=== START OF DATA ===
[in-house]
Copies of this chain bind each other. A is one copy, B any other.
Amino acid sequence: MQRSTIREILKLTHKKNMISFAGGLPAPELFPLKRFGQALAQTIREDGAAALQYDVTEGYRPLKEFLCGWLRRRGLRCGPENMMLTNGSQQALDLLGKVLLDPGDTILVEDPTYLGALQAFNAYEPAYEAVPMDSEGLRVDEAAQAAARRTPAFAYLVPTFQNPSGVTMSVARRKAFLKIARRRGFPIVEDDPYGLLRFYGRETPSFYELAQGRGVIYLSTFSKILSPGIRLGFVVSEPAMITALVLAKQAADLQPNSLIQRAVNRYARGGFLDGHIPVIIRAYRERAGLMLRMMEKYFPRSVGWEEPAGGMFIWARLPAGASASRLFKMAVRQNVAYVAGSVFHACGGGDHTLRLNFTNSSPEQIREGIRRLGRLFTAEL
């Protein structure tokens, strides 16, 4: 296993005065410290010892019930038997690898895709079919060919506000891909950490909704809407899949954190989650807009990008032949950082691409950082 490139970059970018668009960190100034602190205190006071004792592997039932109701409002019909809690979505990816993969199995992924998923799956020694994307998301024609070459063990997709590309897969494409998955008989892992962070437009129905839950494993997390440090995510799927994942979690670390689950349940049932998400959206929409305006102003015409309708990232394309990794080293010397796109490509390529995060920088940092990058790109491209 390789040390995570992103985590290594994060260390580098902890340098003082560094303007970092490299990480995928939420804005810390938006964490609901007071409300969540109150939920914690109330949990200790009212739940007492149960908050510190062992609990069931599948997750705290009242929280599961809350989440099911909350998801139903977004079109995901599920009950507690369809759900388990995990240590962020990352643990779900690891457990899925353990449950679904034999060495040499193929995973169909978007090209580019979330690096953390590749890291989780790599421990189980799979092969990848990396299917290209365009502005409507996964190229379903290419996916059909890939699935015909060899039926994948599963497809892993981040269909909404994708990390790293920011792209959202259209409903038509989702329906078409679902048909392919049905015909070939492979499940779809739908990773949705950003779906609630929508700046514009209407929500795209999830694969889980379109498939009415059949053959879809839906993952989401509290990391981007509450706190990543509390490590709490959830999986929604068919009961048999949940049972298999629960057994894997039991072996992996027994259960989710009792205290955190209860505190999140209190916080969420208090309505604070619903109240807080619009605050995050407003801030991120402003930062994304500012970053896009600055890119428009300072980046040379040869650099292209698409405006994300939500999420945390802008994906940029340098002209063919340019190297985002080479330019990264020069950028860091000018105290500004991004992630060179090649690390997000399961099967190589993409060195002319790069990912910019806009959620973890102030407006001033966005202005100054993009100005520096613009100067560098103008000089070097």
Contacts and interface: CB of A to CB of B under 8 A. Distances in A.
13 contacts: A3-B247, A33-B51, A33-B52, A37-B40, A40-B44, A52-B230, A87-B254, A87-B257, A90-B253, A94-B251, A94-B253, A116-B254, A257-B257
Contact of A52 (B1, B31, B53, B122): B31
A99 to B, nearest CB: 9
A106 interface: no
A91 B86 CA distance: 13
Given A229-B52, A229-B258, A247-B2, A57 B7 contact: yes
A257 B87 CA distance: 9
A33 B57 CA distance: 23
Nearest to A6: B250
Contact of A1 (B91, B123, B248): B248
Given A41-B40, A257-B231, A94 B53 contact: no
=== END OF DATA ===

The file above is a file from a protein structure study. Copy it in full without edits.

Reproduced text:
[in-house]
Copies of this chain bind each other. A is one copy, B any other.
Amino acid sequence: MQRSTIREILKLTHKKNMISFAGGLPAPELFPLKRFGQALAQTIREDGAAALQYDVTEGYRPLKEFLCGWLRRRGLRCGPENMMLTNGSQQALDLLGKVLLDPGDTILVEDPTYLGALQAFNAYEPAYEAVPMDSEGLRVDEAAQAAARRTPAFAYLVPTFQNPSGVTMSVARRKAFLKIARRRGFPIVEDDPYGLLRFYGRETPSFYELAQGRGVIYLSTFSKILSPGIRLGFVVSEPAMITALVLAKQAADLQPNSLIQRAVNRYARGGFLDGHIPVIIRAYRERAGLMLRMMEKYFPRSVGWEEPAGGMFIWARLPAGASASRLFKMAVRQNVAYVAGSVFHACGGGDHTLRLNFTNSSPEQIREGIRRLGRLFTAEL
């Protein structure tokens, strides 16, 4: 296993005065410290010892019930038997690898895709079919060919506000891909950490909704809407899949954190989650807009990008032949950082691409950082 490139970059970018668009960190100034602190205190006071004792592997039932109701409002019909809690979505990816993969199995992924998923799956020694994307998301024609070459063990997709590309897969494409998955008989892992962070437009129905839950494993997390440090995510799927994942979690670390689950349940049932998400959206929409305006102003015409309708990232394309990794080293010397796109490509390529995060920088940092990058790109491209 390789040390995570992103985590290594994060260390580098902890340098003082560094303007970092490299990480995928939420804005810390938006964490609901007071409300969540109150939920914690109330949990200790009212739940007492149960908050510190062992609990069931599948997750705290009242929280599961809350989440099911909350998801139903977004079109995901599920009950507690369809759900388990995990240590962020990352643990779900690891457990899925353990449950679904034999060495040499193929995973169909978007090209580019979330690096953390590749890291989780790599421990189980799979092969990848990396299917290209365009502005409507996964190229379903290419996916059909890939699935015909060899039926994948599963497809892993981040269909909404994708990390790293920011792209959202259209409903038509989702329906078409679902048909392919049905015909070939492979499940779809739908990773949705950003779906609630929508700046514009209407929500795209999830694969889980379109498939009415059949053959879809839906993952989401509290990391981007509450706190990543509390490590709490959830999986929604068919009961048999949940049972298999629960057994894997039991072996992996027994259960989710009792205290955190209860505190999140209190916080969420208090309505604070619903109240807080619009605050995050407003801030991120402003930062994304500012970053896009600055890119428009300072980046040379040869650099292209698409405006994300939500999420945390802008994906940029340098002209063919340019190297985002080479330019990264020069950028860091000018105290500004991004992630060179090649690390997000399961099967190589993409060195002319790069990912910019806009959620973890102030407006001033966005202005100054993009100005520096613009100067560098103008000089070097």
Contacts and interface: CB of A to CB of B under 8 A. Distances in A.
13 contacts: A3-B247, A33-B51, A33-B52, A37-B40, A40-B44, A52-B230, A87-B254, A87-B257, A90-B253, A94-B251, A94-B253, A116-B254, A257-B257
Contact of A52 (B1, B31, B53, B122): B31
A99 to B, nearest CB: 9
A106 interface: no
A91 B86 CA distance: 13
Given A229-B52, A229-B258, A247-B2, A57 B7 contact: yes
A257 B87 CA distance: 9
A33 B57 CA distance: 23
Nearest to A6: B250
Contact of A1 (B91, B123, B248): B248
Given A41-B40, A257-B231, A94 B53 contact: no